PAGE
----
- LEADING CAUSES OF INFLATION
- FRAGILE ECONOMIC POLICES
- HOARDING, DISHONEST ATTITUDE OF TRADERS
- STEPS TO CHECK INFLATION
Inflation refers to a continuous, general increase in the price of goods and services. Rise in prices is called inflation. Inflation at very fast rate is Hyper-Inflation, medium is Strato-Inflation and low lever is Creeping inflation. During the recent years the rise has abnormal and it has endangered the stability of our economy nationally and individually. In Pakistan inflation has become an
unending disease to our economy. Once a state is caught in the circle of inflation then it will be difficult for that state to get rid of it.
There are various factors that contribute to the rise in prices. Some are natural factors like unfavorable weather conditions which affect the food production and lead to the shortage of commodities in the market. With more money chasing fewer goods, the prices take to the wings. Besides this natural problem there are man-made problems like hoarding which contribute to the rapid increase in prices. The trading community which senses a shorting of certain commodities, especially the essential commodities, they resort to large scale hoarding. They release the hoarding products after increase in the prices and make a neat margin over
their investment in the hoarded products. They get so much profit but it waters inflation.
The rise of prices in Pakistan can also be attribute to the despicable acts of traders. Their only motive is to get maximum profit and so they try to charge lots of money from the customers as much as possible. This has created a class of people who are becoming richer day by day and the other class is becoming poorer. Hoarding is also playing a bad role in escalation of prices in the commodities
One of the most important reasons for inflation is the deficit budgeting. In order to cover the gap Pakistan has been printing more paper currency because foreign aid and taxes can not cover up the deficit. Therefore there will be greater circulation of paper money. There will be hike in prices of domestic used products as the purchasing power of the people has increased. Wrong taxation policy has also been responsible for the rise in prices. The hike in taxes results in greater desire to avoid taxes. Thus public takes wrong way of not paying taxes and there will be escalation in prices.
Pakistan’s government has been making a great effort to check this inflation. The rate of interests has been increased in order to encourage savings and withdraw of currency. The government is making efforts to increase industrial outputs so that the level of consumption is leveled with that of output. But unfortunately the government has not met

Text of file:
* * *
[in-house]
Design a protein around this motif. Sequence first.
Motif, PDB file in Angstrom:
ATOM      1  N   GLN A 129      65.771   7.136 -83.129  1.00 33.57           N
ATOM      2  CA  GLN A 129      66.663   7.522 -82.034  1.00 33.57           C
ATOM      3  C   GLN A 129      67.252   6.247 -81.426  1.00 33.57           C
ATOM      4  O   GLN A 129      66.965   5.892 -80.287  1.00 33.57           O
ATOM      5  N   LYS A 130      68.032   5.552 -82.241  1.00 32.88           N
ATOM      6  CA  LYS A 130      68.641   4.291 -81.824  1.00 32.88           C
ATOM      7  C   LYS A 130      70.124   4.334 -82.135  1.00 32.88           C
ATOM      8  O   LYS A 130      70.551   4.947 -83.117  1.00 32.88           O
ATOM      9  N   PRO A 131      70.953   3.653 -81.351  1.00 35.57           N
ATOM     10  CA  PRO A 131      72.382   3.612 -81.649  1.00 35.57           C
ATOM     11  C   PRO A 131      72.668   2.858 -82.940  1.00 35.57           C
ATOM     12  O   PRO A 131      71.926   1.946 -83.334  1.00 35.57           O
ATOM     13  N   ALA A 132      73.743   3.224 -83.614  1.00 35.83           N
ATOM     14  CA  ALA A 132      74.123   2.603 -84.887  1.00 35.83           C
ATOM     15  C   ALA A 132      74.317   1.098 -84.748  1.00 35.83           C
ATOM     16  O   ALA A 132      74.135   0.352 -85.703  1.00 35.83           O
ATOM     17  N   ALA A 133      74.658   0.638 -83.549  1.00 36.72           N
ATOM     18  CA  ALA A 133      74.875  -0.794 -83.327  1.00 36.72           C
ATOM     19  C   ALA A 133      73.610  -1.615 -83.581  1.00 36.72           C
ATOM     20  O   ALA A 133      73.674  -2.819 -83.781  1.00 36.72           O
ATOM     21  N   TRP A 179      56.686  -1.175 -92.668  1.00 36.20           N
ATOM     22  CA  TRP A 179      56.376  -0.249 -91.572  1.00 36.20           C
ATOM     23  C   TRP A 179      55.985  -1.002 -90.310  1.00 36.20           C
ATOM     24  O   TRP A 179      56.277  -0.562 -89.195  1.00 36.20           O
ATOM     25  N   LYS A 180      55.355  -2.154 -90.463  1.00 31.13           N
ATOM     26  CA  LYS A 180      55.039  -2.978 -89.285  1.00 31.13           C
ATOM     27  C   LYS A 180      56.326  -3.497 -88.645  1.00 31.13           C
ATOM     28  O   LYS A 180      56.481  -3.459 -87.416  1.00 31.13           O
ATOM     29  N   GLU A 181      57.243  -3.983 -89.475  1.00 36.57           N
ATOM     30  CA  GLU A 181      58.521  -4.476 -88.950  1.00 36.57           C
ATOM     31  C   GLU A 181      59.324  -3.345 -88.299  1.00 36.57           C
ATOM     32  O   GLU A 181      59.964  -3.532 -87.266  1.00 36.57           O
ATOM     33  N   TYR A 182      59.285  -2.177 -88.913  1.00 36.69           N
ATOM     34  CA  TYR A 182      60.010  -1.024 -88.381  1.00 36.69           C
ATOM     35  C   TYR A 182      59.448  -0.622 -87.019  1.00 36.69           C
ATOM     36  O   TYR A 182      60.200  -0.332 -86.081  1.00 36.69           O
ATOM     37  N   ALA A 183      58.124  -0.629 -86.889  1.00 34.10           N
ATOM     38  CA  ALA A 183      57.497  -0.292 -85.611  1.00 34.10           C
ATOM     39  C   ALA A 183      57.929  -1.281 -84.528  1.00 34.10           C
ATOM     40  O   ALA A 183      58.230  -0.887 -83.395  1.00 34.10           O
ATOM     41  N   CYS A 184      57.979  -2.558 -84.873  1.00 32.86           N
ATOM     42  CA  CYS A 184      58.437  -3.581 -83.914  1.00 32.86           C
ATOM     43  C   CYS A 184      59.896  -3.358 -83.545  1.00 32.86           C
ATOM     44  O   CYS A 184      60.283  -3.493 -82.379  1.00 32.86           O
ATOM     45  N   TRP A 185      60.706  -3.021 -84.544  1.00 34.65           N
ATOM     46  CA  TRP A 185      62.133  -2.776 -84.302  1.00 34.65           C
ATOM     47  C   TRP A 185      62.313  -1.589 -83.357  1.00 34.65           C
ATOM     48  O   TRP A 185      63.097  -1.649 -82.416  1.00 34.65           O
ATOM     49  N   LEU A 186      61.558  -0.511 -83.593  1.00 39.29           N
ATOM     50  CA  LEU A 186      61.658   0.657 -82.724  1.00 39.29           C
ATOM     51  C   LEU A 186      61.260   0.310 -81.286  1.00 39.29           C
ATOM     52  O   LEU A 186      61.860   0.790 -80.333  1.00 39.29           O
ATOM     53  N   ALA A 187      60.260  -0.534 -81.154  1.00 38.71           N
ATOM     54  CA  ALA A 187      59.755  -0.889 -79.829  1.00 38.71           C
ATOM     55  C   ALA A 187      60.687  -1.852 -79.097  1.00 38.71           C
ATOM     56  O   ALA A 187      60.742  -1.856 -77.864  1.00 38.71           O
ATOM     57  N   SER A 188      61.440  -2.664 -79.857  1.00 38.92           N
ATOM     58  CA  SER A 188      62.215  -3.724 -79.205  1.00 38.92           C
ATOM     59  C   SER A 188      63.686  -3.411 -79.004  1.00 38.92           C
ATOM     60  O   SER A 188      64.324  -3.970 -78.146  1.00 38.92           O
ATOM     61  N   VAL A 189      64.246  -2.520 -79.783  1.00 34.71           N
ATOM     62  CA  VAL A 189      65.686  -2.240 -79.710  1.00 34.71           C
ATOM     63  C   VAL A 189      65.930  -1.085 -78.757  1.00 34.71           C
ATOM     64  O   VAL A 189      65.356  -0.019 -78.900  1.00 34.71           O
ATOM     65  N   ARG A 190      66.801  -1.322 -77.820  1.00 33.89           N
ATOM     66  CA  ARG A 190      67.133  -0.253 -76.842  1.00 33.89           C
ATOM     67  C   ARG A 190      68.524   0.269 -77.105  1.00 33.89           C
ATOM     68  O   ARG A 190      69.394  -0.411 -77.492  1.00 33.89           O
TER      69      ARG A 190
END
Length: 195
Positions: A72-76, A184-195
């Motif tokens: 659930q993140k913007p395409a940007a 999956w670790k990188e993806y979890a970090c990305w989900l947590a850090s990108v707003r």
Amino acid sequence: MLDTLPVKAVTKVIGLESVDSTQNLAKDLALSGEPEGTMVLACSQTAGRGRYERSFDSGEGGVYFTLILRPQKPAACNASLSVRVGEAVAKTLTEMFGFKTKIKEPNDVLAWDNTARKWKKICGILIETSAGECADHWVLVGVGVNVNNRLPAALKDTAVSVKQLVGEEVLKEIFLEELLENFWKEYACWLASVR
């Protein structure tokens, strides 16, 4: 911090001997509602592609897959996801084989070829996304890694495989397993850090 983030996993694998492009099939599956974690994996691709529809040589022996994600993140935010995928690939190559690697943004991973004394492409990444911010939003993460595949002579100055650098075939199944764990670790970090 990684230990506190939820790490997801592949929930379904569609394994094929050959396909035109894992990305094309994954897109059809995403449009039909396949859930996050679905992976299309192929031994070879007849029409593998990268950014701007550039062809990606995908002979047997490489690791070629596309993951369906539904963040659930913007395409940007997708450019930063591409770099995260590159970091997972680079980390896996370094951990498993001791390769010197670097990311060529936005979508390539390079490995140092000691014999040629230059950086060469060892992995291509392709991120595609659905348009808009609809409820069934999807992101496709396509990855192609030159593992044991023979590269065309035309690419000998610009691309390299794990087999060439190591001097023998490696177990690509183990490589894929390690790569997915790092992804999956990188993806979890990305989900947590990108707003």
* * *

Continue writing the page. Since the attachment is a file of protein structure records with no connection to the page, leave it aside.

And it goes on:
with success in getting rid of inflation.
The rise in prices goes non-stopped, some suggest that there should be demonetization of currency, but the government
thinks that it is an irregular method and will create doubts in the minds of the public about the stability of the government. The rise in the prices of petrol has affected the prices in our country. Pakistan is not producing more than 20% of its total requirement of oil. So we have to import a huge amount of oil every year. Moreover no step has been taken against the traders who are
mainly responsible for unreasonable rise in the prices.
Inflation means there is a sustained increase in the price level. The main causes of inflation are either excess aggregate demand (economic growth too fast) or cost push factors (supply-side factors).
Summary of Main causes of inflation
- Demand-pull inflation – aggregate demand growing faster than aggregate supply (growth too rapid)
- Cost-push inflation – higher oil prices feeding through into higher costs
- Devaluation – increasing cost of imported goods, also boost to domestic demand
- Rising wages – higher wages increase firms costs and increase consumers’ disposable income to spend more.
- Expectations of inflation – causes workers to demand wage increases and firms to push up prices.
1. Demand-pull inflation
If the economy is at or close to full employment, then an increase in AD leads to an increase in the price level. As firms reach full capacity, they respond by putting up prices leading to inflation. Also, near full employment with labour shortages, workers can get higher wages which increase their spending power.